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Filing in the gaps

Discussion in 'Writing Discussions' started by Velka, Nov 14, 2015.

  1. Velka

    Velka Sage

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    Now that I've reworked my WIP (cutting chaff, tightening plot lines, etc) I've found myself with some gaps between events where I need a scene or two to get the story from point A to point B. I know how I want to fill them, but ugh, I'm finding one in particular very hard to write.

    I need a scene between my two MCs that helps them get to know each other. They've met before, did some stuff, but now they're embarking on a journey together. Before this neither of them was sure they'd really have anything to do with each other after the previously mentioned stuff was done. Now they both know, and mostly accept, they're in it for the long haul together. They're travelling by horseback and stop to camp for the night. This is where they start sharing some of their personal info with each other. I know the main points I want them to reveal to the other, and what I want them to still hold back.

    My problem is, every time I write it and then reread it I find I'm writing their conversation and interactions as being far too, well, friendly. They should be still unsure, perhaps nervous, not so open with the other, but I've been with these two so long, and have written soooooo much after this that has them as solid friends/partners that I can't seem to rewind my headspace back to the 'growth' part of their relationship.

    Any advice on how to get me to see them as virtual strangers to each other again?
     
  2. Heliotrope

    Heliotrope Staff Article Team

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    Could they have a fight and something personal slips out?

    Maybe they get drunk and it starts out as competing war/scar stories but turns into sharing history?

    Could something happen at the camp that forces them to bond a bit more (fighting off some wild creature or bandits or something) that makes them work together and open up to each other?

    Maybe they learn they share a common acquaintance or enemy from their childhood?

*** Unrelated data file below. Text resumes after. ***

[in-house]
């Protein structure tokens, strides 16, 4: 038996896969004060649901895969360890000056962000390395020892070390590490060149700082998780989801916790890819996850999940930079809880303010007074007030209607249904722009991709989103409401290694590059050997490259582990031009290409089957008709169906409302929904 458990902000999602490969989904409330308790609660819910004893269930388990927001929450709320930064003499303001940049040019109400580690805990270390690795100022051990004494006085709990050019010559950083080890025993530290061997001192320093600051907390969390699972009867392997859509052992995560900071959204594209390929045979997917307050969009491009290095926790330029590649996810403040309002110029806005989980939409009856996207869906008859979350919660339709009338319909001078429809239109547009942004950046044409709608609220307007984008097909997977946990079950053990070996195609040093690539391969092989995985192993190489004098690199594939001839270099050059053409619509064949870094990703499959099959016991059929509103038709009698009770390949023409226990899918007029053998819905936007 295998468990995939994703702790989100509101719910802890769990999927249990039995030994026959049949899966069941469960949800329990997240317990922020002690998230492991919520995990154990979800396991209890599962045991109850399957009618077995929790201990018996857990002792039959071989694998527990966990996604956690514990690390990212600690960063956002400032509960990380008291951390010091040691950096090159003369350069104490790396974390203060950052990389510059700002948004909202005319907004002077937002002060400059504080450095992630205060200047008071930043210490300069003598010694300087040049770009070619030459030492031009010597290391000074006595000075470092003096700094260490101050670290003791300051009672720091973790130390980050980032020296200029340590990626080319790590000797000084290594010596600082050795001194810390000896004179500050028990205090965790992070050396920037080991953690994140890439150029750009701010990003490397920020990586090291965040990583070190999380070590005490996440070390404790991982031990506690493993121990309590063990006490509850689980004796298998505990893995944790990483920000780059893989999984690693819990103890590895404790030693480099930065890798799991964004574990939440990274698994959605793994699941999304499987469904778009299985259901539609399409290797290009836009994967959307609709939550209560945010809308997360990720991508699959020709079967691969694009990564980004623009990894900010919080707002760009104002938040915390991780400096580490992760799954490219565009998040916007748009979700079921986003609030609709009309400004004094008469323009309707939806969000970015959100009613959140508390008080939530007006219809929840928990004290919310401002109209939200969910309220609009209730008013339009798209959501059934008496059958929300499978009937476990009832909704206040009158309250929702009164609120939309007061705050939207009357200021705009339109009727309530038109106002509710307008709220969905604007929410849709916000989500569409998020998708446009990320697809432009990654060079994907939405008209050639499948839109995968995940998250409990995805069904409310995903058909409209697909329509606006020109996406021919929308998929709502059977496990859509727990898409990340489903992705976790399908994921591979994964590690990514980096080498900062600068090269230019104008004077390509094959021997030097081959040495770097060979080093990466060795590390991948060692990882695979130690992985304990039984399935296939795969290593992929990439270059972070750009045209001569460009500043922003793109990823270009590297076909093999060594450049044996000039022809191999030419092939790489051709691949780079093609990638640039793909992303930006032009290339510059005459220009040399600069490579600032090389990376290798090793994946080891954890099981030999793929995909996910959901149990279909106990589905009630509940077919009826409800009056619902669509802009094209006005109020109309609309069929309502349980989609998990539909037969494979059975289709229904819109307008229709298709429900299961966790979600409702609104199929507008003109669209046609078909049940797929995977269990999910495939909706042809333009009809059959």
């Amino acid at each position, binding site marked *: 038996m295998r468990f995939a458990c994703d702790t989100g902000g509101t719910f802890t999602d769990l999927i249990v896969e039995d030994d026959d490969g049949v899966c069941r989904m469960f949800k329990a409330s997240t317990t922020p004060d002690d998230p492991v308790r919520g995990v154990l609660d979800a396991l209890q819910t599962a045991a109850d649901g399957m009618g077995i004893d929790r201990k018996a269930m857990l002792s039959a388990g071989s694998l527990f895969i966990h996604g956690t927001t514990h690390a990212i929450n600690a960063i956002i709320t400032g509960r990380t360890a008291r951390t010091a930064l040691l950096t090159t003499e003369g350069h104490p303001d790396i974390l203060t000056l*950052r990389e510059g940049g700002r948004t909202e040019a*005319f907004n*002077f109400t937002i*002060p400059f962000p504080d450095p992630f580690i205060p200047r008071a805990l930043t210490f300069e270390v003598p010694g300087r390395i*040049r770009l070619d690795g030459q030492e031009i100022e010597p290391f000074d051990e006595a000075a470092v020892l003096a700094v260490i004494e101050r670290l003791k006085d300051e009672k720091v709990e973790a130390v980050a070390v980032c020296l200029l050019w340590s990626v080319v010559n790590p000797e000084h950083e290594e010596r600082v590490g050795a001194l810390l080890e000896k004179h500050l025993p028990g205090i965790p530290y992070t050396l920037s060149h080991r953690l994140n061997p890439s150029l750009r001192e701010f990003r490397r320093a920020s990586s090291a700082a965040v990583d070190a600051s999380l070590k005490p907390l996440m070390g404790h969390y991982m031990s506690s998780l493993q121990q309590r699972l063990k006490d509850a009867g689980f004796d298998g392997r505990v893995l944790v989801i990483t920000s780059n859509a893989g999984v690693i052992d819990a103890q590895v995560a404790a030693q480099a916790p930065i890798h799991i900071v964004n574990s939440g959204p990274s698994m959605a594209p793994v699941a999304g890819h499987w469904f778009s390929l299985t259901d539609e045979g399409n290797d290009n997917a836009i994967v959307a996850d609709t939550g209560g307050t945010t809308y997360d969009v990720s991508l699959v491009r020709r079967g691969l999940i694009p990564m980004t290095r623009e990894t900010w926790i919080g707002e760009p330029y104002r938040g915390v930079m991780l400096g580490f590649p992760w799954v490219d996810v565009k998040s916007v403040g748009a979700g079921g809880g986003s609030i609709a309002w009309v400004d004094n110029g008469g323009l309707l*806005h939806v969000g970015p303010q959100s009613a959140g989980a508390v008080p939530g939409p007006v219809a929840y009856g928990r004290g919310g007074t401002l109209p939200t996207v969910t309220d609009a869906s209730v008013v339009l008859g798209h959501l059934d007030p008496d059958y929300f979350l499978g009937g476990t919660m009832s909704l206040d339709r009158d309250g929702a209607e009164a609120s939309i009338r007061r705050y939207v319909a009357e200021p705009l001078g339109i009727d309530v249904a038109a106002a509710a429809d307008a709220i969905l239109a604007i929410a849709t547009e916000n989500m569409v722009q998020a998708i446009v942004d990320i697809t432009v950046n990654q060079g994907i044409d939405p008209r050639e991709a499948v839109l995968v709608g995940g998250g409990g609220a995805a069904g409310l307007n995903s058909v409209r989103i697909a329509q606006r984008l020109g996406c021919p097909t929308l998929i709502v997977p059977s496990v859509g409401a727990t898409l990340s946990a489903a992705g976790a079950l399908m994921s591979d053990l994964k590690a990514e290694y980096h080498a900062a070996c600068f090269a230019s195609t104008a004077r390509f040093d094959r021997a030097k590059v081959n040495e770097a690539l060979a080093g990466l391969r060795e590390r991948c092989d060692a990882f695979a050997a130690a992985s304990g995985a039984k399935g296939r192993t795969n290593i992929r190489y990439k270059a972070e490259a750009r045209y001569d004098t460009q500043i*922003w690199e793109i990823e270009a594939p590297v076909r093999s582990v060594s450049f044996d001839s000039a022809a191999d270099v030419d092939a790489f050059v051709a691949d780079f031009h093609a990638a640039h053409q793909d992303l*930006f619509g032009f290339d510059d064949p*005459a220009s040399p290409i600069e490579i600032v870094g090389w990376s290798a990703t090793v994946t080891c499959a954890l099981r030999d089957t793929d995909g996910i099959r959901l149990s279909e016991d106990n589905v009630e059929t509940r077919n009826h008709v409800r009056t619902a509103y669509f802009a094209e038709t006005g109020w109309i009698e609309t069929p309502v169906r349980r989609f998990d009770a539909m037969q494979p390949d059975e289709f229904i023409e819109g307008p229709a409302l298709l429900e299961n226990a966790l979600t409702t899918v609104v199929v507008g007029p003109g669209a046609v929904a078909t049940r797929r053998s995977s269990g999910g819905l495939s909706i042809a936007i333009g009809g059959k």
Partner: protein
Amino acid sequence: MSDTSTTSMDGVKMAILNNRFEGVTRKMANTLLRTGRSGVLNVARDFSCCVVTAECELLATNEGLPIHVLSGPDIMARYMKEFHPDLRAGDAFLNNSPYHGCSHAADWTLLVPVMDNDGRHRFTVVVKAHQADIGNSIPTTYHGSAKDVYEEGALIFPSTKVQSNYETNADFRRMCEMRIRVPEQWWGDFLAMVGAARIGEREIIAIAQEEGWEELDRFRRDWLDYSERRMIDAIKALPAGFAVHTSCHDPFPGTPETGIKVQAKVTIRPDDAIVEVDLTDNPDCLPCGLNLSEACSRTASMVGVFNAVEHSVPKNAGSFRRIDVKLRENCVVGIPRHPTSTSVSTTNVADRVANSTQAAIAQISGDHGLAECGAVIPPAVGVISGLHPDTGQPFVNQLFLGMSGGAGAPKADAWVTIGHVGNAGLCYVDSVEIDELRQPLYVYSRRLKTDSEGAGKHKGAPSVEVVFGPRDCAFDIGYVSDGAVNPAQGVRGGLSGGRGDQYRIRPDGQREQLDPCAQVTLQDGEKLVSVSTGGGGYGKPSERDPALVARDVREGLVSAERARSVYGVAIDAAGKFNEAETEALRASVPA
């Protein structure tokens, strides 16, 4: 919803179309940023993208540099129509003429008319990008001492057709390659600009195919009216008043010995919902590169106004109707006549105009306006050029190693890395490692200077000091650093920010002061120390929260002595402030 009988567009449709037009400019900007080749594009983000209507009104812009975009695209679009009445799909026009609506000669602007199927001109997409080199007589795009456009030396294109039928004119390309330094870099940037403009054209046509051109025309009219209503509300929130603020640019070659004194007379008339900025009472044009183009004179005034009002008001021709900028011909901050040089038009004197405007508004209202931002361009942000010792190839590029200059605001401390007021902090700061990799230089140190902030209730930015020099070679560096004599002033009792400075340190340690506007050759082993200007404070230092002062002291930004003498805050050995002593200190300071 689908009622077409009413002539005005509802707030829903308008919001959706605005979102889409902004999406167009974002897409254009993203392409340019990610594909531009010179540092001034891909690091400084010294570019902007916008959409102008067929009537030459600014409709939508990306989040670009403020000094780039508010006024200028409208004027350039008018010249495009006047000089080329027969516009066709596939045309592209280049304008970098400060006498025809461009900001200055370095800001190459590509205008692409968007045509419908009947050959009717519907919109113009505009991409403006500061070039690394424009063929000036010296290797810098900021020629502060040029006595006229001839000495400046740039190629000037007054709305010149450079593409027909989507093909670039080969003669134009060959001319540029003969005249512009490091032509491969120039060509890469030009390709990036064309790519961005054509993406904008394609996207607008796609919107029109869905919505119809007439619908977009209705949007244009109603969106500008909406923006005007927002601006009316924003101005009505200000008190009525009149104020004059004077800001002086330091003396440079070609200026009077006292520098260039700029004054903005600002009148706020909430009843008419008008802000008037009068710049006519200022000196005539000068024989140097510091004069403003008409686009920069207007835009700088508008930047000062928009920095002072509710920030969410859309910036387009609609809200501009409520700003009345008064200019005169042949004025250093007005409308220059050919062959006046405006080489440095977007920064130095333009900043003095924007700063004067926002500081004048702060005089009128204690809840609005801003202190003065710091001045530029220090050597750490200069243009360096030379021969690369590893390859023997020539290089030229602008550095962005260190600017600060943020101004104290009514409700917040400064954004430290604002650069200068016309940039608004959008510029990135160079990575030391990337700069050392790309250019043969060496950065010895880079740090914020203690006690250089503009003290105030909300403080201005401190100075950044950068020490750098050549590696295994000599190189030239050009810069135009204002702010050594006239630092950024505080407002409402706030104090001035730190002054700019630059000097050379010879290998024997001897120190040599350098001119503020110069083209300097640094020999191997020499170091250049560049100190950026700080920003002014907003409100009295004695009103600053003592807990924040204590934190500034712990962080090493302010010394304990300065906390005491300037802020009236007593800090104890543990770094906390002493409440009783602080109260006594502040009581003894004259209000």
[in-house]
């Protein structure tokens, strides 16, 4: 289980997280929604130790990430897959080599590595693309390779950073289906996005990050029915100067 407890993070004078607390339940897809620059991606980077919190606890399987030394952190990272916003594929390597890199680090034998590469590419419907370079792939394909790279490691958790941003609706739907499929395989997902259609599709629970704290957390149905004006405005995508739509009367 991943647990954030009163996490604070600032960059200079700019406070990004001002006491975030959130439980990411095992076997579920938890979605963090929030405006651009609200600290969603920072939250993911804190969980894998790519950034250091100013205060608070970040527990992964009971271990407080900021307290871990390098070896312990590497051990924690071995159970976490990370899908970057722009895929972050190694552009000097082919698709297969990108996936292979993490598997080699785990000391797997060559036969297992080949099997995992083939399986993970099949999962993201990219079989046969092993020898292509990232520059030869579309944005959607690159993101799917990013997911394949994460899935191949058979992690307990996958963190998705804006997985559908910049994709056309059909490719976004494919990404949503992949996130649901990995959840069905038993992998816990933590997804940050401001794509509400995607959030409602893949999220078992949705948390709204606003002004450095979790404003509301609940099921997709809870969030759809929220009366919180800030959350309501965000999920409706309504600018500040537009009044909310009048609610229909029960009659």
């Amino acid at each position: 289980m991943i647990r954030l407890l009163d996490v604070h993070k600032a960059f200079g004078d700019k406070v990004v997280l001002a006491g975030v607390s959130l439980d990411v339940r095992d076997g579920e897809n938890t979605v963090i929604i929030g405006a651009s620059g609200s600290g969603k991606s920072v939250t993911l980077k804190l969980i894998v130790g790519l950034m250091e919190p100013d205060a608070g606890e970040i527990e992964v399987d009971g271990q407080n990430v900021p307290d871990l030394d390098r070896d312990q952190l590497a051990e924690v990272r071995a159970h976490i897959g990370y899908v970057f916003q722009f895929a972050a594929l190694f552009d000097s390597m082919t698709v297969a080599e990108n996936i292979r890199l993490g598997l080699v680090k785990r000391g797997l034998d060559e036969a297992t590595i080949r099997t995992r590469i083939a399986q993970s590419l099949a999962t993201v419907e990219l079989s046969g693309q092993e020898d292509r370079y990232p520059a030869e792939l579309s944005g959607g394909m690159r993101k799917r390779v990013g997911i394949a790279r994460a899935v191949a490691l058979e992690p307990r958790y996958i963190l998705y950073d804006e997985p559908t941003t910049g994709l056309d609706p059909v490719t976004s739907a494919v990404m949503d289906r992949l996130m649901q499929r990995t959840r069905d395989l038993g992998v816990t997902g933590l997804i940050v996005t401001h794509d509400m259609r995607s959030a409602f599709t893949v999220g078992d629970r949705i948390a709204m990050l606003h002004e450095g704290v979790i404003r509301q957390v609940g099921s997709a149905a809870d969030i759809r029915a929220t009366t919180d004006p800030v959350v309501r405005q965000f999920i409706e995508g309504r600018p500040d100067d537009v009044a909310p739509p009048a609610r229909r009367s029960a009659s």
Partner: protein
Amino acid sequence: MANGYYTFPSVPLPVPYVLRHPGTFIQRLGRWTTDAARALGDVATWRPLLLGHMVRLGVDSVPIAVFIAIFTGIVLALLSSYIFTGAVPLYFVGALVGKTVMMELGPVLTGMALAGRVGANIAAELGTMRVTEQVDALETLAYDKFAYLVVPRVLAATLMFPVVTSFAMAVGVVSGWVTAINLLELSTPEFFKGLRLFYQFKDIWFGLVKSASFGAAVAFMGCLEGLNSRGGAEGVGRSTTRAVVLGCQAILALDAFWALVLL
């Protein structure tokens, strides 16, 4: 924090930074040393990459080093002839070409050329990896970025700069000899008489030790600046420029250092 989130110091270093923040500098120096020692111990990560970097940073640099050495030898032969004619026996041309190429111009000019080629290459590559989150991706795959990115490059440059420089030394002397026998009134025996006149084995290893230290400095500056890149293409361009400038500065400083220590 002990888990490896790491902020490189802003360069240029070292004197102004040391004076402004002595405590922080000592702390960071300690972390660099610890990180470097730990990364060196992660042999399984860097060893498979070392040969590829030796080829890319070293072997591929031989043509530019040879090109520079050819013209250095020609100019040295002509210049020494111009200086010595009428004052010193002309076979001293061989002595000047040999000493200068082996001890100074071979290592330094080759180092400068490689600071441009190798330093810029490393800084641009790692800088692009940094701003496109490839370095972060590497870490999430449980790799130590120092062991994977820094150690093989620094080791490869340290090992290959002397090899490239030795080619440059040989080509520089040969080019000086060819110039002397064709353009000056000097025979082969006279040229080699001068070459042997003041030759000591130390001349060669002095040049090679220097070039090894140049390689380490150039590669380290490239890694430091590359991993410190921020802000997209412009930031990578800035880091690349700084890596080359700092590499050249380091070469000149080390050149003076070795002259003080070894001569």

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  3. ThinkerX

    ThinkerX Myth Weaver

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    Add a third character, a temporary companion, just for that scene. An obnoxious jackass sort who prompts them to reveal the stories.
     
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  4. Nimue

    Nimue Auror

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    Think very hard about what they know about each other at this point in the story, and nothing else. What have they seen the other person do? What have they said to them? Create a solid image of their impressions so far--including any preconceptions and assumptions that they have reason to drag in.

    If they are near-strangers, their relationship is likely to be less about an exchange of trust and more, well, selfish. What do they want from each other? What is their purpose? Line up their dialogue with their motivations, and don't make them more interested in "getting to know" each other than they would reasonably be. If they're physically attracted to one another, or if they've struck it off on a topic of common interest, that'd be a reason for genuine curiosity about each other. On the flip side, if they're just stuck with each other with an extended period of time, their interest in each other might be more obviously forced, an effort that's more likely to backfire on the questioner if they cross the boundaries of familiarity or get too close to a sensitive point.